The word translated here "filled" is "pleroo", and really means "plenitude". We thought it suggested plenitude in a collective way, and in v. 4 in an individual way. I do not think it means the Spirit takes an objective place in the Christian company. How can the Spirit be objective when He dwells in the hearts of the saints? Some persist in giving the Spirit an objective place today and so actually pray to Him, but I am not aware of any Scripture which refers to the Spirit in an objective way. Men are thus arrogating to the Spirit a place which the Spirit Himself does not take according to the record of Scripture. I remember being at some readings a few years ago on the coming of the Spirit as recorded in John 14. A brother pointed out that there we have two verbs used, one in the present tense and one in the future. "He dwelleth with you, and shall be in you". He suggested that the Spirit dwelling with them — present tense — was at that moment with them in the Lord, that is, objectively, but the day was coming when the Spirit would dwell in them subjectively. I thought over this for long and have come to the conclusion that it is right. All may not agree with this, I know it is not the general interpretation of the verse, but I never could understand how the Spirit could be objective to them. I only mention this to cause exercise about the tenses, as I have wondered, in view of recent developments, if this brother had not a prophetic word from the Lord.

What about the statement in v. 3, "it sat upon each of them"?

An old brother once explained this to me regarding the House of Lords. He said, "When the Lord Chancellor sits upon the woolsack, he takes possession of the House. So the Spirit, sitting upon them, took possession of them".

The fact that they were filled would mean that in the Spirit they had all they needed for service. Then it must be noticed they were "all" filled, which justifies the thought. It also means that the Spirit of God does not need our little minds to keep the thing going; He brought with Him and still has with Him all we need to move here in every sphere for the pleasure of God.

We add nothing to this as from ourselves, the Spirit adds everything to us, coming from a glorified Christ. We read in the first chapter of Ephesians that the body is the complement of Christ. this could only be produced by the Spirit. Hence, it is not the church and Christ but Christ and the church.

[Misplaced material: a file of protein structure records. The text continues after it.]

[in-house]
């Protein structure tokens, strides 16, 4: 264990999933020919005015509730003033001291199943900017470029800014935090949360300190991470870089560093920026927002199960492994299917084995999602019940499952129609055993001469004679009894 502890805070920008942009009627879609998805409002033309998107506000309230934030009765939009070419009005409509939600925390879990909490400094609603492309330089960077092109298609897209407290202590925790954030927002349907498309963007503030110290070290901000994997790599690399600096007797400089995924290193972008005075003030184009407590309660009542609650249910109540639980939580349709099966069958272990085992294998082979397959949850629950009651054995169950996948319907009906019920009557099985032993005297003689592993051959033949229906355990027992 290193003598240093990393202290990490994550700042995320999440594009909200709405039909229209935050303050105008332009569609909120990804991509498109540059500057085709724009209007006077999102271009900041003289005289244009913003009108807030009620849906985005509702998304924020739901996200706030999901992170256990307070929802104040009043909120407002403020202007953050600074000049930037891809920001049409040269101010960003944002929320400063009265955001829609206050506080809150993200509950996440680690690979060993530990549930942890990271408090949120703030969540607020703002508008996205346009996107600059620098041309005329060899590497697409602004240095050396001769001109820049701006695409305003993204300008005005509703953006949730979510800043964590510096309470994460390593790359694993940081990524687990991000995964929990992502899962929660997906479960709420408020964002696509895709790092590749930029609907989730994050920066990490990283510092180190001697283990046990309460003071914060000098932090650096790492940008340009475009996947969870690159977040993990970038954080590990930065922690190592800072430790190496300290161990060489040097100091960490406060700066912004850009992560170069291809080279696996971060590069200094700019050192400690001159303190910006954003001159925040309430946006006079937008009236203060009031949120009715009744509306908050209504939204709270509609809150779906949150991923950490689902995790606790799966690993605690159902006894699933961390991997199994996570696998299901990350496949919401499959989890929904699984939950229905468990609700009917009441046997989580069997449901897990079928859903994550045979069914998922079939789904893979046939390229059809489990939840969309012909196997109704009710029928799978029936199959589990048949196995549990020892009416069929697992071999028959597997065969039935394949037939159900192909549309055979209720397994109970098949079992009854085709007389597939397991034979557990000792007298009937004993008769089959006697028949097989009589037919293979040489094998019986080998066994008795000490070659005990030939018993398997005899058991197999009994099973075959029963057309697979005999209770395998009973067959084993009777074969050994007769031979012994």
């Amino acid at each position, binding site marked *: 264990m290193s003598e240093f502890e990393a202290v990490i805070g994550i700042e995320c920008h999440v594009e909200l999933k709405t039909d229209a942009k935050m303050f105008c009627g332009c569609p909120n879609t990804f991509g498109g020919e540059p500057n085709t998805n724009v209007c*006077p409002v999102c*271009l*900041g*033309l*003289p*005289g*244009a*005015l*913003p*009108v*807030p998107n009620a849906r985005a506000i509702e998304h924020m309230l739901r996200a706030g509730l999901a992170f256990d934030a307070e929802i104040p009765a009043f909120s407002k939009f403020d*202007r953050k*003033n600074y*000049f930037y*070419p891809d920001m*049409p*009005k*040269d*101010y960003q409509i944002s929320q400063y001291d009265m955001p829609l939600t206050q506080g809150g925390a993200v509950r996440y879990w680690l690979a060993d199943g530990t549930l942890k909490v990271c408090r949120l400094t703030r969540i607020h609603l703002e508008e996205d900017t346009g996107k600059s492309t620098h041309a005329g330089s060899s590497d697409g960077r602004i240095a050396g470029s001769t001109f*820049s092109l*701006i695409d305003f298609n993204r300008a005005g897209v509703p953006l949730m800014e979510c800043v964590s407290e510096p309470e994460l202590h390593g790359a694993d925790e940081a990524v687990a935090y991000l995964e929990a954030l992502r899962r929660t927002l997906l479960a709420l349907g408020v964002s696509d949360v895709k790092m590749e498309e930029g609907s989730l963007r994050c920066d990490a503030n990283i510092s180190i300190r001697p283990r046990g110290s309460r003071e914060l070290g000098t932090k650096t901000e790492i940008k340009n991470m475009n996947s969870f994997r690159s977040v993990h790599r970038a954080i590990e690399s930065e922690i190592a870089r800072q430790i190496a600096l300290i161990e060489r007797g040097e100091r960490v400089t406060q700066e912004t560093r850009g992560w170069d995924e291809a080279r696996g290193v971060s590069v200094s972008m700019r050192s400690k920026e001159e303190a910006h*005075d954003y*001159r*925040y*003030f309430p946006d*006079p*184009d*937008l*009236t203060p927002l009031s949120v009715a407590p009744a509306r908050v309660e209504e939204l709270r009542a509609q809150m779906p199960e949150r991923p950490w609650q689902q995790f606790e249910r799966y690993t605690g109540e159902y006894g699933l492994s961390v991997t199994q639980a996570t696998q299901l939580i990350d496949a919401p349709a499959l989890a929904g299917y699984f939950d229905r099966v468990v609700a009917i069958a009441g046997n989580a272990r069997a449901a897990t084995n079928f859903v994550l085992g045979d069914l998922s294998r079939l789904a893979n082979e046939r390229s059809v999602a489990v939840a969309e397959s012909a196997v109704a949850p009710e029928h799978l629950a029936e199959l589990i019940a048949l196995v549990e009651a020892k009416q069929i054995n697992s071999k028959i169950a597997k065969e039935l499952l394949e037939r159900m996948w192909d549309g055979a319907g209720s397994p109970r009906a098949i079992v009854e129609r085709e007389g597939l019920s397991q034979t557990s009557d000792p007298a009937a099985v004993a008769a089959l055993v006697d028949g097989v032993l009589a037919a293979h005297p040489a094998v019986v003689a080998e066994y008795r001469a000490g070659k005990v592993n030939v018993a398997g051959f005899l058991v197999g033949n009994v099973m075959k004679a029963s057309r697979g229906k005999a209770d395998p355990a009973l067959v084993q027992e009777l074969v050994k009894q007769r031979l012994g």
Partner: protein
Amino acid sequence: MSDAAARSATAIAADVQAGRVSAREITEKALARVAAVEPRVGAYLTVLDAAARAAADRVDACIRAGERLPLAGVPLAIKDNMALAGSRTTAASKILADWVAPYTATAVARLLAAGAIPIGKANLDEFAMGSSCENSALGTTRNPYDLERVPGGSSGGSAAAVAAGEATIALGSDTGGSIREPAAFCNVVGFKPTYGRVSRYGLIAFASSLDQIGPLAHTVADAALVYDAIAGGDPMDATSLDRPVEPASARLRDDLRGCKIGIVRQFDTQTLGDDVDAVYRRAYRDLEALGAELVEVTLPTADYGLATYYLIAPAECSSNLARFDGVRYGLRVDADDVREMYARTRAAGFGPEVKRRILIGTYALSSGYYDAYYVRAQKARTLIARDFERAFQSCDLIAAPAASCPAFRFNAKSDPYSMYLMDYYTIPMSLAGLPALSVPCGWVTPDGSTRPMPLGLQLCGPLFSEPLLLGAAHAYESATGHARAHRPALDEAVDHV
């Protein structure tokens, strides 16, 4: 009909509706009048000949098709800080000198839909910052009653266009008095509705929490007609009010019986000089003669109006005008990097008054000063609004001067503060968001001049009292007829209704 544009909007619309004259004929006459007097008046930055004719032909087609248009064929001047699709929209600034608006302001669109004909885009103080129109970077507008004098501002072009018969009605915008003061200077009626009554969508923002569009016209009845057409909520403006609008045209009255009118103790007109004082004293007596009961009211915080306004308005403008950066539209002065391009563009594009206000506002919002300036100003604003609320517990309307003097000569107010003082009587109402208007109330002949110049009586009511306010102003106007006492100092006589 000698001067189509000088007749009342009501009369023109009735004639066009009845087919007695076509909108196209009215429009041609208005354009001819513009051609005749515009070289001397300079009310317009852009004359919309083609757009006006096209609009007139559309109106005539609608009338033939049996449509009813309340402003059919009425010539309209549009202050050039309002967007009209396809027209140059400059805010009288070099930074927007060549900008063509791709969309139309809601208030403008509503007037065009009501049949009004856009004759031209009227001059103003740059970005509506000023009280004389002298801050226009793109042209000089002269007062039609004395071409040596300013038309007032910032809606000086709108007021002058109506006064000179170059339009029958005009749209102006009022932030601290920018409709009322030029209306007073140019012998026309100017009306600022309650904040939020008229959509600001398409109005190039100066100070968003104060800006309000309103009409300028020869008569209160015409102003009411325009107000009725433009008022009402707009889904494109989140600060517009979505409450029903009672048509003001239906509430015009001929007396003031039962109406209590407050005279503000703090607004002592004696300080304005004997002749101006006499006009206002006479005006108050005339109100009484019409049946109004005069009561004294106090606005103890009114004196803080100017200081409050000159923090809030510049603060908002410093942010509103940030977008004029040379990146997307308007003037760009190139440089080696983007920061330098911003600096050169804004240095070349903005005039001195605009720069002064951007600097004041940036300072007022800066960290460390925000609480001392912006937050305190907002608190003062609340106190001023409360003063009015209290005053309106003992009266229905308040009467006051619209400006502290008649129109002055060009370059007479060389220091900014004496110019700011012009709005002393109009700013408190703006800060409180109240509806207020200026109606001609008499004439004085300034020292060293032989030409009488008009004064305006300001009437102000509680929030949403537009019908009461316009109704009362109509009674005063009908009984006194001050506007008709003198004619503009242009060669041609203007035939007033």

Now in between the verses we read at the beginning of this chapter and those we read at the end, we have the going forth of the gospel in the power of the Spirit. This is what God is using to bring to light these members of the body, as we read in Eph. 6:19, "the mystery of the gospel".

Is the filling here in line with that word in Eph. 5:18, "be filled with the Spirit"? What is the difference between that and being indwelt by the Spirit?

We are not told to be indwelt by the Spirit or to be sealed by the Spirit, we are this sovereignly from the moment we believed the gospel; but being filled with the Spirit is practical. I am always indwelt by the Spirit, but I may not always be filled with the Spirit, hence the exhortation.

Perhaps the fact that they had been together for ten days praying, resulting in their being filled with the Spirit, may have a voice to us today in view of being filled with the Spirit.

I quite agree with the need on our side today but we must remember it came sovereignly here. We get the sealing as well involved here, though it is not taught.

Then we should note their speaking. When they did this, it was only as the Spirit gave them utterance. We might take notice of this today when so many come to meetings hoping to get an opening to say something. Open meetings are not arranged to give brothers an opportunity to speak, but to wait upon the Lord to give a word through one and another.

If we, like them, were marked by obedience, it would mean we were divested of our own thoughts and giving only what the Lord has given to us.

The result of the going forth of the gospel was that many were pricked in their hearts; not like some in Acts 7:54 who were "cut to the heart", that is the flesh was cut and they stoned Stephen. Here they were pricked in their heart, in their affections, and were brought down in repentance. They ask at once, "what shall we do?" The result is, they become material for the body.

It is then through the gospel that the potential material for the body is brought to light. By our reception of the gospel, we are brought into line with the purpose of God.